[FRANKFURT] The deadly crash of a jet belonging to low-cost carrier Germanwings deals a body blow to the image of its parent company Lufthansa, already battling a bitter labour dispute and ferocious competition from budget rivals, analysts said on Wednesday.
"These are very hard days, undoubtedly one of the hardest days in the history of Lufthansa," the airline's finance chief Simone Menne said, after the group held a minute's silence for all 150 people aboard Germanwings flight 4U 9525, which went down in the French Alps en route from Barcelona to Duesseldorf.
Lufthansa chief executive Carsten Spohr, who only took over at the helm of the company last May, had already described Tuesday's crash, which the German carrier has described as "inexplicable", as a "dark day" for the company.
Staff were still reeling from the shock on Wednesday, with some Germanwings crews saying they were not in a position to fly.
But in addition to the tragic human toll, the accident could have a drastic impact on the company's strategy, aviation analysts said.
"The crash is a tragedy and means a sharp hit for Lufthansa," said DZ Bank analyst Dirk Schlamp.
"Lufthansa stands for technical competence and reliability and the crash could lead to a substantial damage to its reputation. Moreover, the crash could endanger the company's low-cost concept, too," he said.
In the past, Lufthansa, which celebrates next month its 60th anniversary, has enjoyed an impeccable reputation.
But in recent months, it has suffered bad press as a result of a long-running industrial dispute with its pilots.
The Lufthansa group includes premium airlines such as Austrian Airlines and Swiss.
But Mr Spohr is fighting hard to expand Lufthansa's low-cost business and take on rivals such as Ryanair and Easyjet, and fierce competition from airlines in the Gulf.
As part of the strategy, Mr Spohr wants Germanwings and its other discount airline, Eurowings, to handle most of the group's short- and medium-haul flights taking off and landing in Germany outside the two main hubs of Frankfurt and Munich.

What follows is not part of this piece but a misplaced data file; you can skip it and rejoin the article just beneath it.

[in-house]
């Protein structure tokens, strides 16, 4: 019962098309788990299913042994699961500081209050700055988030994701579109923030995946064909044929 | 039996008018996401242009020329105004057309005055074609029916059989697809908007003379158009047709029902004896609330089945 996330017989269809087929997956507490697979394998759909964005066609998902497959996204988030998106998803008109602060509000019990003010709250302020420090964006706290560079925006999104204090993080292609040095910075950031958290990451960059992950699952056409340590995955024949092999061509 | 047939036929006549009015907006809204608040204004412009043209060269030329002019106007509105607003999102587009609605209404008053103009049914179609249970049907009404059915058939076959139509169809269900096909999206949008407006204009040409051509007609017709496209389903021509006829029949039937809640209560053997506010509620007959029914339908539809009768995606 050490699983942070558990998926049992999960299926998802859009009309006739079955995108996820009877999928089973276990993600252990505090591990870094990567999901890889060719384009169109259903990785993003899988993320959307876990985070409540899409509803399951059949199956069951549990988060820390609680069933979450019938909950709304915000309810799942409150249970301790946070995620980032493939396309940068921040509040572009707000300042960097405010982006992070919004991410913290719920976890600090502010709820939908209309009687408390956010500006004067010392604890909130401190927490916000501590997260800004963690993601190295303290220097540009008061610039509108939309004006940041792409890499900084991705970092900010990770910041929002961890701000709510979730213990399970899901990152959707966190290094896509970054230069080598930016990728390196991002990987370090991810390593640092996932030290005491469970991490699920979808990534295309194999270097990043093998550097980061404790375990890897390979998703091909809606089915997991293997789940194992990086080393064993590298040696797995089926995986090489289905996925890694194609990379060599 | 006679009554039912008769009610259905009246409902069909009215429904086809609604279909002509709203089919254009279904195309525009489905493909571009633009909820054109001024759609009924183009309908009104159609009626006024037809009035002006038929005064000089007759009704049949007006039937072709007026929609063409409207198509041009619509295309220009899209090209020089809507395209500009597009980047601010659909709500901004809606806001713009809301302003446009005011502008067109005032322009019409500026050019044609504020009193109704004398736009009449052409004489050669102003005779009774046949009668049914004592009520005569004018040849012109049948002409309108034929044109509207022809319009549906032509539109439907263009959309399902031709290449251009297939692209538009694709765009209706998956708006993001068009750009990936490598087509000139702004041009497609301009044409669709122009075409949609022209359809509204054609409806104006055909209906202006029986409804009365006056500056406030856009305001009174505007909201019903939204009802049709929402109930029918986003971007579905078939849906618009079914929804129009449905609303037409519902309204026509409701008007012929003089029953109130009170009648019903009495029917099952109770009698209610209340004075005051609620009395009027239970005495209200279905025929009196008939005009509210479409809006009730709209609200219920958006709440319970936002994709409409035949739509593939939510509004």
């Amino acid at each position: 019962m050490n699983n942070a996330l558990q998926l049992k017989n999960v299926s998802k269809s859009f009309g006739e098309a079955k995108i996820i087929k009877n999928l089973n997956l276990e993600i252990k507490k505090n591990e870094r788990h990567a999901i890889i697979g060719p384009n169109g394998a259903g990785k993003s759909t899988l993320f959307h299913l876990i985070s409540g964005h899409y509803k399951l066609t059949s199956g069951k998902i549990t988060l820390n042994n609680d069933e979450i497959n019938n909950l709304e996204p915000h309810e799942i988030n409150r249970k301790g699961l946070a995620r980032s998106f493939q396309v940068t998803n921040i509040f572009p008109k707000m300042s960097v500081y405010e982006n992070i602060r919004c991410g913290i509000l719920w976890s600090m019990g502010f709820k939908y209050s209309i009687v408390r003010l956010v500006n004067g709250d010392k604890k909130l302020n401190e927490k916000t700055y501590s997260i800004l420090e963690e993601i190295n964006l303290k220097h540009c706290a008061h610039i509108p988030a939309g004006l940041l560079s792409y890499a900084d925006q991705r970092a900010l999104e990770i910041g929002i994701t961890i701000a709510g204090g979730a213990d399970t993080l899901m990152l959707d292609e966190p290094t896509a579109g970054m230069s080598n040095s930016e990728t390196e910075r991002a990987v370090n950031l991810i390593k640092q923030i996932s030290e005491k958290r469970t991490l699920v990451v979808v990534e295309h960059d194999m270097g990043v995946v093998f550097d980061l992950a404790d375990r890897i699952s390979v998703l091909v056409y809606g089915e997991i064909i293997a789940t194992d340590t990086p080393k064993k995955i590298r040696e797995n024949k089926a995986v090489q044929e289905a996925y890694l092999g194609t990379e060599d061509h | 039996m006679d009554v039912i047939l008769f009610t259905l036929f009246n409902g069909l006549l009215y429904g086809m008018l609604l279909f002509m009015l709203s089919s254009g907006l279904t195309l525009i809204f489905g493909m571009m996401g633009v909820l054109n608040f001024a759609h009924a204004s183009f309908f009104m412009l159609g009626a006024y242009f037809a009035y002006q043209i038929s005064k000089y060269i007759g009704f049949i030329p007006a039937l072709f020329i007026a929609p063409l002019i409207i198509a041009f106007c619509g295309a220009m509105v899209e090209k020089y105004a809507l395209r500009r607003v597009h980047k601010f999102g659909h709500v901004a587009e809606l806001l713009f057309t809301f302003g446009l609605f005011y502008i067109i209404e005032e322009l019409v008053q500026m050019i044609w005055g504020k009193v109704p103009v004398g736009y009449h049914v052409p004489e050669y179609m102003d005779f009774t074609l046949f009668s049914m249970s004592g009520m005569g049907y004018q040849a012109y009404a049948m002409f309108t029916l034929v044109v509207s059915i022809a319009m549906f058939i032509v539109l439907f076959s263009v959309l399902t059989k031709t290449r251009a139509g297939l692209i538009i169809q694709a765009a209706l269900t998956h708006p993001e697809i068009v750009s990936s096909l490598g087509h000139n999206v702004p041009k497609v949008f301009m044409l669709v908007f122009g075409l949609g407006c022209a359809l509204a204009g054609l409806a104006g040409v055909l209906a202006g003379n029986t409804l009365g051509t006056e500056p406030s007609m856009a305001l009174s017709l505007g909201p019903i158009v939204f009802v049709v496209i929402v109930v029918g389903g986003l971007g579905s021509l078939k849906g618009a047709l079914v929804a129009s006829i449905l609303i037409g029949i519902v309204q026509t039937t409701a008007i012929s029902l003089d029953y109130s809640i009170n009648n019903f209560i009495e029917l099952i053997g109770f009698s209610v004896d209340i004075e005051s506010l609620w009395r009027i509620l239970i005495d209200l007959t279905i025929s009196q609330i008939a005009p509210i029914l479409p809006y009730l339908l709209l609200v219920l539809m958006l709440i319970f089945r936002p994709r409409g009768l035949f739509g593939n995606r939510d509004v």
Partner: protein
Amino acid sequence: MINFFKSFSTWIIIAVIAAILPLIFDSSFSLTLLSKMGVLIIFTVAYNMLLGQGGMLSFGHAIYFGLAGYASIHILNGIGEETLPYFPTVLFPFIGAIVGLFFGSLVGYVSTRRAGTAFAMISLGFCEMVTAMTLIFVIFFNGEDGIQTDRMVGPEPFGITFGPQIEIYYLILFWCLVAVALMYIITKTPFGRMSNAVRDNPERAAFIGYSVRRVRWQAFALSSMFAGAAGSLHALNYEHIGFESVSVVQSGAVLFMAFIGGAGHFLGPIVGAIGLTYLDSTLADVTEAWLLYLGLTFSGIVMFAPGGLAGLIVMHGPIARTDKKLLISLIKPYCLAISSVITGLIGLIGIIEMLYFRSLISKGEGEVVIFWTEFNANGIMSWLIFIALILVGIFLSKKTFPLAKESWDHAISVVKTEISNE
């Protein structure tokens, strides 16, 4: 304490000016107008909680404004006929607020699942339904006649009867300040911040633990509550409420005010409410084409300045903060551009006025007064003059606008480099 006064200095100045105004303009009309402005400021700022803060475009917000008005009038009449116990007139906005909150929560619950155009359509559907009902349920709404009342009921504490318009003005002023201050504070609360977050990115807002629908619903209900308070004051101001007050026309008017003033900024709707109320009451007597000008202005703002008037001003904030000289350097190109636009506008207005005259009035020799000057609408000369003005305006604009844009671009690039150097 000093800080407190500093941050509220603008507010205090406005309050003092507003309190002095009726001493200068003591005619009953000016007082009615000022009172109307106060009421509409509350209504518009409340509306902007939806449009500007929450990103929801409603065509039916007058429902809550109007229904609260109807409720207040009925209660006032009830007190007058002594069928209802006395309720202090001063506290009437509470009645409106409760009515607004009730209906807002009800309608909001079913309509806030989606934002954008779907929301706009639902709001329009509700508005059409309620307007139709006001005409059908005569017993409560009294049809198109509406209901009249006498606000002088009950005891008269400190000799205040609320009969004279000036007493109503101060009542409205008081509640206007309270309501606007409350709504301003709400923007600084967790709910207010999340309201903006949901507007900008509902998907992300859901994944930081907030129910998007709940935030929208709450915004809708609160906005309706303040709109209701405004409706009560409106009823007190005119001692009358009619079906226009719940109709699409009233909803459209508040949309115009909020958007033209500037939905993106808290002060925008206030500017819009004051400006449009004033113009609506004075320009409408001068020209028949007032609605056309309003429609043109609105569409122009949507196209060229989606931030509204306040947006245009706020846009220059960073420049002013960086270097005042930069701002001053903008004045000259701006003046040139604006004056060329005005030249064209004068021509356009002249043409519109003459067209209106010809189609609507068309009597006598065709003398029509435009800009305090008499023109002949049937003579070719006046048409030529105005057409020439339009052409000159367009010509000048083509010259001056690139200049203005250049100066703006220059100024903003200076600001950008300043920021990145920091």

An overhaul of the pilots' costly pension provisions is one of the key factors to the success of that strategy.
And Lufthansa wants to scrap an arrangement under which pilots can retire at 55 and receive up to 60 per cent of their pay until they reach the statutory retirement age of 65.
But pilots are fighting tooth and nail to hold on to their benefits and have staged more than a dozen walkouts in the past 12 months in an increasingly bitter dispute.
Grounding hundreds of aircraft and stranding hundreds of thousands of passengers, the strikes cost Lufthansa an estimated 232 million euros (S$346 million) last year alone, hitting 2014 profits.
And there is still no end to the dispute in sight, even if unions have said they will put it aside for now following the crash.
Gerald Wissel, who heads the Hamburg-based Airborne Consulting, said Mr Spohr's low-cost ambitions could now be in jeopardy.
The pilots of the doomed Germanwings aircraft had more than 10 years experience and 6,000 hours of flying with an Airbus A320 under their belt.
And if it emerged that a pilot error had caused the crash, "everyone will then start asking whether Germanwings undergo the same stringent tests as Lufthansa pilots," Mr Wissel told the business daily Handelsblatt.
Until this week, Germanwings has had a clean safety record since it was set up in 2002.
"We've never had a total loss of aircraft in the company's history until now," a company spokeswoman told AFP on Tuesday.
Lufthansa, too, is regarded as an extremely safe airline.
The last fatal crash involving one of its jets was when an A320 that caught fire on landing near Warsaw in September 1993, killing two people and injuring 54.
Its most serious accident happened in Nairobi in November 1974, with a total of 59 deaths.
The A320 jet that went down on Tuesday in France was bought by Lufthansa in 1991 and been in constant service since then, passing to Germanwings in January 2014.
Mr Spohr insisted on Wednesday that it was in "perfect condition."